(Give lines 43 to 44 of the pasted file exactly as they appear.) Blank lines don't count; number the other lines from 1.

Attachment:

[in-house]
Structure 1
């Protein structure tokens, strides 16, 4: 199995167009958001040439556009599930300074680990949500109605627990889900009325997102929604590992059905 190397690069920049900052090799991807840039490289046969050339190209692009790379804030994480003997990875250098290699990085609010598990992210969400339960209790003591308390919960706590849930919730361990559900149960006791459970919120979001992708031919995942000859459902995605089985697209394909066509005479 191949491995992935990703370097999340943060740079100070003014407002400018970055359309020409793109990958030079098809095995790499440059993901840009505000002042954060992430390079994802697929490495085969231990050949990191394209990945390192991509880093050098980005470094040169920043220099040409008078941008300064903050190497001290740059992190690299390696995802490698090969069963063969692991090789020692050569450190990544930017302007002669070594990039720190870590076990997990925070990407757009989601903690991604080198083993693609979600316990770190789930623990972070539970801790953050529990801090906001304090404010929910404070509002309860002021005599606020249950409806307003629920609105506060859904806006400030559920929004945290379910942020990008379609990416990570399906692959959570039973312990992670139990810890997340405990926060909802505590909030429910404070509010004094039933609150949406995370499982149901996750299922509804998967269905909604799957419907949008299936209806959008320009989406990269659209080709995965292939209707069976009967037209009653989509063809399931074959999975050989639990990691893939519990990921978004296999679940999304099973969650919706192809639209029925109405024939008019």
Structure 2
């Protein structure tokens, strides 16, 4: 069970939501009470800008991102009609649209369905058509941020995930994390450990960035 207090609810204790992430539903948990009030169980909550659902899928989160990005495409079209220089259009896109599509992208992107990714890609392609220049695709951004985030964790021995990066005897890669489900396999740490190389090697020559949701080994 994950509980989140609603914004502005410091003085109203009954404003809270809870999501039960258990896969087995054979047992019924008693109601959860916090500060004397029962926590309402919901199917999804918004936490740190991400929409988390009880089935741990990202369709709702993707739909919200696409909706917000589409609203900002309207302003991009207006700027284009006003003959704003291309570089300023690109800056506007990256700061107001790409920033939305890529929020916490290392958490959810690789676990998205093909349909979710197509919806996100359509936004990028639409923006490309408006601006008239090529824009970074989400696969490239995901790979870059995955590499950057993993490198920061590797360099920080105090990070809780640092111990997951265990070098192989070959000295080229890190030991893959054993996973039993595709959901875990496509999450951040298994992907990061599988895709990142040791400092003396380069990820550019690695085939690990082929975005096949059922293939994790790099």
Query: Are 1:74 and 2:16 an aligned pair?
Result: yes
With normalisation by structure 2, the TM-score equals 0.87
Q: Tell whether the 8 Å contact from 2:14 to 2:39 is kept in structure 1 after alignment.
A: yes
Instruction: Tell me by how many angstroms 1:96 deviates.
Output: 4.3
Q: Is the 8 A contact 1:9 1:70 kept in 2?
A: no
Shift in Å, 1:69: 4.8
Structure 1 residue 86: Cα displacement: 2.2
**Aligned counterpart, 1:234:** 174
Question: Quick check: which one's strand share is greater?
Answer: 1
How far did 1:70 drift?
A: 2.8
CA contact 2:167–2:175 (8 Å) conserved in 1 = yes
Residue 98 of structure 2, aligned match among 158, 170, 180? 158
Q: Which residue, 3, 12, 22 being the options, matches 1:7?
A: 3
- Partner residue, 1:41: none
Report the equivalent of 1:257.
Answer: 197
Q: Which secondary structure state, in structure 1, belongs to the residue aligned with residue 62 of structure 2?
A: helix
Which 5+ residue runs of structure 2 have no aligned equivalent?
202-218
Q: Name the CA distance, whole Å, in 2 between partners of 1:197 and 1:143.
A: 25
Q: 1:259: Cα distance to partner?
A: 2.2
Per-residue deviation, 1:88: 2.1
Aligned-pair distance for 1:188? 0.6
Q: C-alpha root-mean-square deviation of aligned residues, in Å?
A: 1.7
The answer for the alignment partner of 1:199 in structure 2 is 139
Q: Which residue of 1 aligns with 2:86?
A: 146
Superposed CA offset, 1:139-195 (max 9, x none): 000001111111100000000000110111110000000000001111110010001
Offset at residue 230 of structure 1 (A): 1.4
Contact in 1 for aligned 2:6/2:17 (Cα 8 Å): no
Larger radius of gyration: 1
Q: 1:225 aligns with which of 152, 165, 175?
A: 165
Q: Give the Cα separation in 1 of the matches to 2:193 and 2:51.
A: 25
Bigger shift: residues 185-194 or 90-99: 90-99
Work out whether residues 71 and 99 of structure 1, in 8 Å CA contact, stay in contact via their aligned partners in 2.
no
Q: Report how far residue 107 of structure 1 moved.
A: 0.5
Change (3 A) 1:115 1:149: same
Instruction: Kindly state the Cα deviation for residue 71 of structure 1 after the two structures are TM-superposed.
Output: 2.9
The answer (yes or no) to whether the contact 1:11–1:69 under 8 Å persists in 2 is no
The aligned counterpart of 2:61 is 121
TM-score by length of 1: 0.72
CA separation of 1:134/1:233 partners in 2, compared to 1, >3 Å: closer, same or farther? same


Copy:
A: 146
Superposed CA offset, 1:139-195 (max 9, x none): 000001111111100000000000110111110000000000001111110010001